restricted access The Great Hip Hop Hoax directed by Jeanie Finlay (review)
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The Great Hip Hop Hoax(2013). Directed by Jeanie Finlay. Distributed by Kaleidoscope Films. www.kaleidoscopefilmdistribution.com88 minutes.

The Great Hip Hop Hoaxis, in many ways, a very postmodern story about how histories can be deliberately invented in pursuit of aspiration. The construction of identity, whether real, imagined (fake), or temporary, is particularly important to the ways in which those histories are created, and in the case of the two subjects of this documentary—Silibil and Brains (Billy Boyd and Gavin Bain)—all three of these aspects play an important part in the fictional construction of their personal histories, as well as in the wider popular cultural narratives alluded to by the film. On a deeper level, the film is also an analysis of a very real American cultural hegemony, and the dynamics of simulacra and hyperreality that form an important part of that culture.

The story charts the rise and fall of two friends (Boyd and Bain) from Dundee, Scotland, whose enthusiasm for hip hop, coupled with their desire to make it big in the music industry, led them to create entirely fictional personal histories that ultimately hoodwinked the music industry into believing the duo were Californian hip hop artists. Exasperated with record labels that derided the idea of a hip hop group from Dundee, the pair ingeniously exploited their knowledge of the music industry to secure a £250,000 record deal with Sony, an MTV appearance, and a tour with Eminem. In some ways, the documentary is reminiscent of Wayne’s World(1992), in its tale of two friends relentlessly promoting themselves and their cultural products. Director Jeanie Finlay relates “I read about the story in the paper after it’d all come out, and I knew immediately that I wanted to make this into a [End Page 47]film.” She continues, “It’s about the truth, and it’s a ‘he said/he said’ story. I was looking for the truth between the two of them.”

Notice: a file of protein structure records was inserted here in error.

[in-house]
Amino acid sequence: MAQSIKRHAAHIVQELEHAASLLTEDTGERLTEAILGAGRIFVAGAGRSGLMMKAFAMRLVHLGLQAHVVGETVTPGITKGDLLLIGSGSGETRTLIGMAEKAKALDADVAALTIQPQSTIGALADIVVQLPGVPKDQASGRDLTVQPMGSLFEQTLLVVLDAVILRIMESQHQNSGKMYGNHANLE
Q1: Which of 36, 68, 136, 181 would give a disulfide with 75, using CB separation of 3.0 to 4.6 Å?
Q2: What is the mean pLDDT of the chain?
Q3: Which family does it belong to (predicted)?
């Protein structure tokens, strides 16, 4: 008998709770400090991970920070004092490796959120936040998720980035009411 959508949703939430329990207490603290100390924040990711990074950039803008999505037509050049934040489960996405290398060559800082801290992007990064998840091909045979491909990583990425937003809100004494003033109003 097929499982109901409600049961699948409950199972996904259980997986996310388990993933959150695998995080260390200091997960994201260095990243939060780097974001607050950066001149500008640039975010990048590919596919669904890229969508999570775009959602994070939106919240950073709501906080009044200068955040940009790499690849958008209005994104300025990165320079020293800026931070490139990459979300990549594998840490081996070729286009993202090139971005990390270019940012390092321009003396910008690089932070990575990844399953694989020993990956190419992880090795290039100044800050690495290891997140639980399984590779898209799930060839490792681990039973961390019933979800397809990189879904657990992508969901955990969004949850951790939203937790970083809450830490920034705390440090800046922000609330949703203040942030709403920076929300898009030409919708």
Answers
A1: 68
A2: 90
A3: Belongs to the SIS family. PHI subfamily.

Finlay’s focus on the theme of truth and incredulity not only underscores the playfulness of the entire charade, but also constitutes a sophisticated pastiche of the modern-day documentary life narrative. She does something quite clever— despite, or perhaps because of, all the hype surrounding the pair’s exploits—tapping into the fact that popular culture is increasingly constructed around what Jaap Kooijman describes as fabrication and artifice, emphasizing “imitation, and continuously recycled images which tend to be viewed, particularly by Europeans, as signs of fakeness.” The Great Hip Hop Hoaxdemonstrates how fictional histories are manipulated in order to emphasize the idea of Americanization as a form of “cultural appropriation.”

Part of the story is told through the cartoons of British artist Jon Burgerman, which were designed to portray the “two-dimensional cartoon characters” that Boyd and Bain, according to Finlay, created for themselves. The documentary also incorporates extracts from the duo’s own video archives, several of which were deliberately constructed for marketing purposes. Such strategies highlight the use of artifice in the creation of “authenticity”—understood in this context as the desire to show off the band as credible musicians. This is post-documentary—a form that is both representationally playful and reflexive, while satirizing the ways in which success is achieved within the contemporary music industry.

The Great Hip Hop Hoaxis not merely a tale about the constructed nature of celebrity; it also urges wider consideration of popular culture’s often seamless blending of reality and fiction, and the cultural capital afforded to copies memes, and simulacra. Director Finlay clearly views the idea of fictional histories as an intrinsic element of popular cultural identity and part of its seductive appeal. This seductive element not only appealed to Silibil and Brains, but also helps to explain how and why they became seductive to their audiences. The creation of a fictional history such as theirs is perceived as commonplace in a fan culture that is basically “performative,” and sometimes, pathological. This echoes Vertovec’s suggestion that within contemporary youth culture “facets of culture and identity are often self-consciously selected, syncretized and elaborated from more than one heritage.” While The...